The plot was fast-paced but not terribly convoluted.  I had an easy enough time following it and by about halfway through the book, I had reached a “can’t-put-down” state of reading.  Moore used flashbacks and storytelling to great effect – though I like short legends interspersed throughout, I’m not a huge fan of flashbacks but his usage didn’t bother me.  

The characters were actually very well-done.  I wanted to hate Sam, but instead found myself rooting for him.  Calliope should have come off as annoying but instead came off as sympathetic.  And Coyote – you wanted to pity him but rather found yourself amused by his bravado.  Some of the side characters were a little too caricature-ish for my tastes, but they didn’t play prominent enough roles for me to get annoyed by it. 

The humor was good, though expect it to get a tad crude or violent at times (nothing too horrible!).  There are a few one-liners you’ll want to quote to your friends and more than one scene where I found myself chuckling in public, though not outright laughing.  

Overall, if you like comedic fantasy and you’re looking for something bright, funny, and a bit different, you should definitely check this out! If you’re into a humor that’s more wit and wordplay than zany wackiness, or if a hard-to-like main character isn’t your thing, then, alas, this may not be the book for you!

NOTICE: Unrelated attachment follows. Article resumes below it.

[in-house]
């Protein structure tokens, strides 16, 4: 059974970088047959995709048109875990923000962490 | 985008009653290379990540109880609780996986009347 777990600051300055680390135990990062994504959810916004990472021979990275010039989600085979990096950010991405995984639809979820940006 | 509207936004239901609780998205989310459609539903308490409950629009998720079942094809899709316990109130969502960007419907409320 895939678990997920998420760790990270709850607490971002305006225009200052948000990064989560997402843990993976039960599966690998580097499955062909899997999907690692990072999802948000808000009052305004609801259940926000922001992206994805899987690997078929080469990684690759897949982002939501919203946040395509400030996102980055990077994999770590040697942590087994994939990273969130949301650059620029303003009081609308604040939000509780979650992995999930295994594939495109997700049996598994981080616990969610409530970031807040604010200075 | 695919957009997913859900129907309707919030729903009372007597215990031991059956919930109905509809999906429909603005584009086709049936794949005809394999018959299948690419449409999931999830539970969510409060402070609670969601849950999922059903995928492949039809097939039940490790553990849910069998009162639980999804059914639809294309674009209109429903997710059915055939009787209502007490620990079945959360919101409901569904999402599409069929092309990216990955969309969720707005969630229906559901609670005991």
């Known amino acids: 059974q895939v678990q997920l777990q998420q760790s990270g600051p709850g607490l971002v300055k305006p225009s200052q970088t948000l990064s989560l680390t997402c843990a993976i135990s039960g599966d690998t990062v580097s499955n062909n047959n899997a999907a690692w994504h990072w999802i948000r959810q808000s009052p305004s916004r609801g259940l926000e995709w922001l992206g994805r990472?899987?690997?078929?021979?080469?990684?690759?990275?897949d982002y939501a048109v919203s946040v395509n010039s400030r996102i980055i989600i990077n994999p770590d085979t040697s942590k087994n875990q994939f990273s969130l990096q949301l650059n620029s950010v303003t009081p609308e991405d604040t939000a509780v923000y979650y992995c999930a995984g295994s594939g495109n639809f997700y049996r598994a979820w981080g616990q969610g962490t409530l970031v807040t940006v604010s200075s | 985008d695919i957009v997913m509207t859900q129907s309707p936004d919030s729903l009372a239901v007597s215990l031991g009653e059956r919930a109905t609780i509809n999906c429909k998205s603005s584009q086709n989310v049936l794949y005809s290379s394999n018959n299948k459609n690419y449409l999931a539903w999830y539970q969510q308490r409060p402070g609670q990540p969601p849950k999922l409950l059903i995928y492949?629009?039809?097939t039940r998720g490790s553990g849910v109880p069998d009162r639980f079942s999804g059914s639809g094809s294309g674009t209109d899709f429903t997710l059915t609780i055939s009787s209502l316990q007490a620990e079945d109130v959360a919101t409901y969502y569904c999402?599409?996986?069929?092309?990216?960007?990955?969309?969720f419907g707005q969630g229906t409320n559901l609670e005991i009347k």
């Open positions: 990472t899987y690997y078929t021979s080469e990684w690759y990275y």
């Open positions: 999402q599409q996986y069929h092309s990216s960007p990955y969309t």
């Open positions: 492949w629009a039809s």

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American Savage

american savage

by: Dan Savage

Dan Savage is the author of “Seattle’s Only Advice Column”, Savage Love, which focuses on questions about relationships love, sex, and more sex.  I have a secret addiction to advice columns, and his is one of my absolute favorites, from the wacky questions he tackles to his favorite piece of advice – DTMFA (dump the motherfucker already.) He’s not the type to wrap hard messages in a sweet and gentle delivery; he’s a “tell it like he see it” sort of person and I really enjoy that.  Not to mention, that’s a rarity on advice blogs! (Alison, from askamanager.org, which you absolutely should be reading if you’re not, also does a great job of not sugarcoating, though with much more finesse than Savage.)